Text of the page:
Zynga recently switched to Facebook Credits and all other major Facebook game developers apparently plan to do the same. Should Apple, Google, and PayPal be worried?
Facebook is making a play to become the dominant player in virtual currency — the funny money you use to everything from digital magazines to Farmville turnips. It’s already a billion-dollar business in which Facebook, the world’s largest social network, will face stiff competition from other behemoths like Apple, Google and PayPal.
Facebook already has a big advantage over those companies: a virtual currency, Facebook Credits, that works across different apps rather than being tied to one specific app or another.
Virtual currencies are a promising way to sell because users buy them in pre-paid chunks, rather than plunking down a credit card for each individual purchase, which increases transaction costs. Skype credits are a classic example: Users don’t add just enough credits for each call, as they did with payphones; they re-up periodically with payments of $10 or so.
Right now, most virtual goods are acquired within games, but music, movies, and other forms of content could follow suit, increasing the stakes in the race to reduce the friction affecting in-app transactions.
Sales of virtual goods are projected to reach $1.6 billion this year in the United States alone, according to an Inside Network report. About half of that will be spent on social games, and the majority of that in Facebook games such as Farmville.
Facebook claims 30 percent of revenue when people buy these credits — the same cut Apple and Google slice off when users buy virtual goods within their apps — but is already the number one app across all smartphone platforms according to Nielsen.
Because they are accepted by a number of companies, Facebook Credits are are more liquid than those credits within iOS and Android apps can be. And even though they are significantly less liquid than real dollars processed by PayPal (or Visa and Mastercard, for that matter) they are often handed out in unorthodox ways — for instance, when you sign up for a Netflix subscription, view a video ad, or the like. Facebook itself gives every user 10-25 free credits when they join the social network.
Farmville owner Zynga (like Facebook, the subject of increasing scrutiny for putative idea theft), recently made the switch to Facebook Credits, and had already been selling over $1 million-worth of virtual credits per day as early as April. Now, all of the other major Facebook game publishers are planning to adopt Facebook Credits to create a new standard for in-app currency — according to TrialPay co-founder Terry Angelos, who says they didn’t exactly have a choice.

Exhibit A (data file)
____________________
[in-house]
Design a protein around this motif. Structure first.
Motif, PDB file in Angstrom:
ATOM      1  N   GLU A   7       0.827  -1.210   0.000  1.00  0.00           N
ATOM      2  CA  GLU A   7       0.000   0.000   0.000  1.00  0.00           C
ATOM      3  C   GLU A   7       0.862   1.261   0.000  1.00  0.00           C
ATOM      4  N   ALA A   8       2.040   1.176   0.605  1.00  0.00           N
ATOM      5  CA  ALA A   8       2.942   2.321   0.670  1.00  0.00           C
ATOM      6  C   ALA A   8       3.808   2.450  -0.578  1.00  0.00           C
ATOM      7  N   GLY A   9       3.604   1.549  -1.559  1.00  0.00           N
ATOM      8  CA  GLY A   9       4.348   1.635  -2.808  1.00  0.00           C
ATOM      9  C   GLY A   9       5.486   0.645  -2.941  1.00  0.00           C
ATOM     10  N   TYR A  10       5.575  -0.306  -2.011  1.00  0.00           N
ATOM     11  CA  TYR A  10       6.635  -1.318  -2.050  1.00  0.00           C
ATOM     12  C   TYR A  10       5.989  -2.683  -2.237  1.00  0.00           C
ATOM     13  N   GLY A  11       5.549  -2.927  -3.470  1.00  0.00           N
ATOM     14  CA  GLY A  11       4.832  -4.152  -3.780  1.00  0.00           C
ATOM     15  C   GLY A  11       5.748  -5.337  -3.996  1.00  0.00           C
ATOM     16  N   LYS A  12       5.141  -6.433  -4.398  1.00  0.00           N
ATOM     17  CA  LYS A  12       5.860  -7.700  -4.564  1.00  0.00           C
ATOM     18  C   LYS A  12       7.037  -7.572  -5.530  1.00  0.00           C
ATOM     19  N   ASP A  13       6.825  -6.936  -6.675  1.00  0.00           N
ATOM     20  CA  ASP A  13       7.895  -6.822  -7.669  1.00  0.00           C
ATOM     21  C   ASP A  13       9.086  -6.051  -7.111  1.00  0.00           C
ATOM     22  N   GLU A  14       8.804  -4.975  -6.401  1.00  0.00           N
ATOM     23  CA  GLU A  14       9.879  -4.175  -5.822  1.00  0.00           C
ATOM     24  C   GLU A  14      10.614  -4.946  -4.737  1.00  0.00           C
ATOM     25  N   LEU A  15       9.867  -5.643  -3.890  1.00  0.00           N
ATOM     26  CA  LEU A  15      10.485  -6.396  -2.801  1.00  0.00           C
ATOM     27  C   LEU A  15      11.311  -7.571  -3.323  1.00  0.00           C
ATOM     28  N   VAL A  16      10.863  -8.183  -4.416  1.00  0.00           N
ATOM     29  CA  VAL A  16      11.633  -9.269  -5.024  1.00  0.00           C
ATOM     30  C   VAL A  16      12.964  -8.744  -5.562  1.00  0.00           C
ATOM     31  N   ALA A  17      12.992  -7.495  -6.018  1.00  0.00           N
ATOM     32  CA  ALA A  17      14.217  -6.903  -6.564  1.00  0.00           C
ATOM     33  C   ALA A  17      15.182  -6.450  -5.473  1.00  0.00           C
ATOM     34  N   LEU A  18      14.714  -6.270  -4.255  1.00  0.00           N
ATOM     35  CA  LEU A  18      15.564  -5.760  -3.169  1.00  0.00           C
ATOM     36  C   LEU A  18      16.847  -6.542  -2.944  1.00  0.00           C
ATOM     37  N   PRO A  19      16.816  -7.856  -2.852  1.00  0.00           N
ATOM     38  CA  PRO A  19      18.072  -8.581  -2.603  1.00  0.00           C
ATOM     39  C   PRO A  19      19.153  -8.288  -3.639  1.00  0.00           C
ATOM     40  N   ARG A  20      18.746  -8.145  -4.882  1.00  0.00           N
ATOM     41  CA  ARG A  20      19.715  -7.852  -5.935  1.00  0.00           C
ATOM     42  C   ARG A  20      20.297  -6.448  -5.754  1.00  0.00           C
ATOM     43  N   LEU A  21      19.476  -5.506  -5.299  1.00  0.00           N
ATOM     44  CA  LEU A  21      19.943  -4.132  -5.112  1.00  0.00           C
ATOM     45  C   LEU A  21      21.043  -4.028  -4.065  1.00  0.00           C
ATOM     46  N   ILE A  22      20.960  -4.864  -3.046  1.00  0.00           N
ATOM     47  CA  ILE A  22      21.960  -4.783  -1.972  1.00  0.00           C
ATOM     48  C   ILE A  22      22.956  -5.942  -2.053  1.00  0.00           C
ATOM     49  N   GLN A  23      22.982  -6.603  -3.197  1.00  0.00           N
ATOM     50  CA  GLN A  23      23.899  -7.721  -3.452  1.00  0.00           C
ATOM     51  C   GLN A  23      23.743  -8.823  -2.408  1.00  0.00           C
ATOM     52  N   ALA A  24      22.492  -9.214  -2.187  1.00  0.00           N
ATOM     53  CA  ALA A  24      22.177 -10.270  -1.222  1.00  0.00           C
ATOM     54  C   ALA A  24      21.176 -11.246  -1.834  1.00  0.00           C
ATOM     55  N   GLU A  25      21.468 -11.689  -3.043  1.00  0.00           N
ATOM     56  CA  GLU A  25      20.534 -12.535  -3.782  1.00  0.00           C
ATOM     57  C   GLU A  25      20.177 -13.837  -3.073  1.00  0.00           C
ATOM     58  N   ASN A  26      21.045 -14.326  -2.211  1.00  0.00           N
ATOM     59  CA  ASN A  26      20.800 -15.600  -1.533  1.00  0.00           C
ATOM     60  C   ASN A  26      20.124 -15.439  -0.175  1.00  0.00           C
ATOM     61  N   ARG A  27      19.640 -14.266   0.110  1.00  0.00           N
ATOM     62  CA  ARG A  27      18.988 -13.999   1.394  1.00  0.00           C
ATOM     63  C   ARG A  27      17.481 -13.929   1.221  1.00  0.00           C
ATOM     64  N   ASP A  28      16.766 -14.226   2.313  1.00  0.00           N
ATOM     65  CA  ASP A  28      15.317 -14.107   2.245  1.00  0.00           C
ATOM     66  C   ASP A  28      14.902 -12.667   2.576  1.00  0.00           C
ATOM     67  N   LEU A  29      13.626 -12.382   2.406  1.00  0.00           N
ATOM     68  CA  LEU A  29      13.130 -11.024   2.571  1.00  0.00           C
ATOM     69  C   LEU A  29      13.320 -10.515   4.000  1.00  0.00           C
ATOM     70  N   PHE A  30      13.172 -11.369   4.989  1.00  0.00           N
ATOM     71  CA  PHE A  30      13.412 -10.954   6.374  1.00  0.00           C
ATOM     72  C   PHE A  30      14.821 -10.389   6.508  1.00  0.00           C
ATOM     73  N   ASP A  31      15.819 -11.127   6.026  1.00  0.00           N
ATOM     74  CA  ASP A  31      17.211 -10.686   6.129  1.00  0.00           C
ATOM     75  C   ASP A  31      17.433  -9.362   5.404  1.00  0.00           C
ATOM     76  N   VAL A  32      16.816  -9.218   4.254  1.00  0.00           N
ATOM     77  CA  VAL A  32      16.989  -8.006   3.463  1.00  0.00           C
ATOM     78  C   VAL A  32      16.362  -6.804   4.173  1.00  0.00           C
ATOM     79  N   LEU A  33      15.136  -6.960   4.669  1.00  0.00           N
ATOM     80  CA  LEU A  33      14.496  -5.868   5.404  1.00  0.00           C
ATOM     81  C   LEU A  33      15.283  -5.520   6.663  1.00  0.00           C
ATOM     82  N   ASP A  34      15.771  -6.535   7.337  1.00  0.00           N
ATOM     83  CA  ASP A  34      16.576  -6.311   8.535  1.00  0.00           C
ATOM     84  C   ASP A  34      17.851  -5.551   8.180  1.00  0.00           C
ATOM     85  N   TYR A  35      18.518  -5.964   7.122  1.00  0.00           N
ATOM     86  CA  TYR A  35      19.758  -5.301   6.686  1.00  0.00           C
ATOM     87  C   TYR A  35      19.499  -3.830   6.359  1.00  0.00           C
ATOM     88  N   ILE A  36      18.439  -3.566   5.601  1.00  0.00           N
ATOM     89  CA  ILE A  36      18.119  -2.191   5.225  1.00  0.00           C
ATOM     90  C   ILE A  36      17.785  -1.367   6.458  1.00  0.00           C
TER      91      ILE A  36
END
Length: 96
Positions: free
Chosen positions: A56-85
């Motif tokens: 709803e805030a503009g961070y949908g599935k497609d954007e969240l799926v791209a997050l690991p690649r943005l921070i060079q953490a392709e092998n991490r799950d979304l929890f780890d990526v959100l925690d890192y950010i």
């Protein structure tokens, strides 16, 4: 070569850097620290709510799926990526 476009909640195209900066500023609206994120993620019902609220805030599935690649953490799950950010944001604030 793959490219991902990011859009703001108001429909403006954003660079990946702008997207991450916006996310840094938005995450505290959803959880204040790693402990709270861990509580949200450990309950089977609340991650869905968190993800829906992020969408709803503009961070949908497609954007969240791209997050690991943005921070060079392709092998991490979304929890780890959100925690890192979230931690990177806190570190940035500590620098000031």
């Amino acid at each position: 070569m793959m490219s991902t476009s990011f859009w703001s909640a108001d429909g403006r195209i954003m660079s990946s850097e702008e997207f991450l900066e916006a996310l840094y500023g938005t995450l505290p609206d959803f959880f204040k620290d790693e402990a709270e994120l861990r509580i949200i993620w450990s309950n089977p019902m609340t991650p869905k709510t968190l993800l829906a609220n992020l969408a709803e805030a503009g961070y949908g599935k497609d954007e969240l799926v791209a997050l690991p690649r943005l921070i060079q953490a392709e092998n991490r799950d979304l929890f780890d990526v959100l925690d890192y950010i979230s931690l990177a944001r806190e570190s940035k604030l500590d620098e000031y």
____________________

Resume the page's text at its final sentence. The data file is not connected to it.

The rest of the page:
TrialPay, Facebook’s “de facto exclusive free payment partner” for Facebook Credits, specializes in bundling offers for one thing when consumers are buying something else. They’ve already done on campaigns for McAfee, Netflix, Domino’s Pizza, TrendMicro, Corel, Winzip, The Wall Street Journal, and CNET. Now, it’s awarding Facebook Credits to users who watch video advertisements or register for services.
“When [Facebook can] take a player like Zynga and force them – and Playdom, Playfish, Crowdstar, RockYou, which are all moving over to Facebook Credits — you have a platform that’s going to go from zero to, I think, a billion-dollar run rate in the next six months,” Angelos told Wired.com. “And that’s unprecedented, and unheard of. It’s very, very rare that a payment platform gets to that much traction so quickly… Because of the relationship that Facebook has with publishers, it’s able to have every single major publisher switch to Facebook Credits.”
Facebook a strong hand, but not a perfect one. Apple currently bars developers of iOS apps from accepting Facebook Credits, which competes with its own budding in-app payment model. A developer who made the popular Aki-Aki iPhone app, which integrates with Facebook in many other ways, told Wired.com his app could not accept Facebook Credits due to Apple’s ban on the practice.
Apple has yet to create a cross-app virtual currency, but offers other virtual goods — iTunes songs, for instance — through pre-paid gift cards. Users may start wondering why they can’t use iTunes credits to purchase goods within iPhone apps like Farmville — and vice versa. And because so much money will be spent in this way, this problem could become a source of annoyance for users and app developers alike.
The U.S. has strict laws against creating new forms of currency, but there’s enough wiggle room for Apple (iTunes), Google (Checkout, Android), Paypal, individual developers, and others to join Facebook in creating virtual currencies that work in apps across their respective platforms, even those beyond games — music, movies, productivity apps, and so on. And that’s when things could get tricky, in the huge and expanding market for virtual goods.
Developers don’t have to embrace Facebook Credits or any other virtual currency. But once a critical mass of other apps adopt one, to ignore them would be to leave money on the table. Will app users and gamers have to maintain stockpiles of multiple virtual currencies, one for each platform on which they wish to access the same cloud-based app or game?
It’s impossible to predict what might happen if Apple and Google create their own versions of Facebook Credits, though it certainly seems likely that some sort of showdown would eventually occur. I wouldn’t be surprised if a squabble over micro-payments weren’t partially responsible for the failure of Apple and Facebook to come to terms over Ping, as an early salvo in this war.
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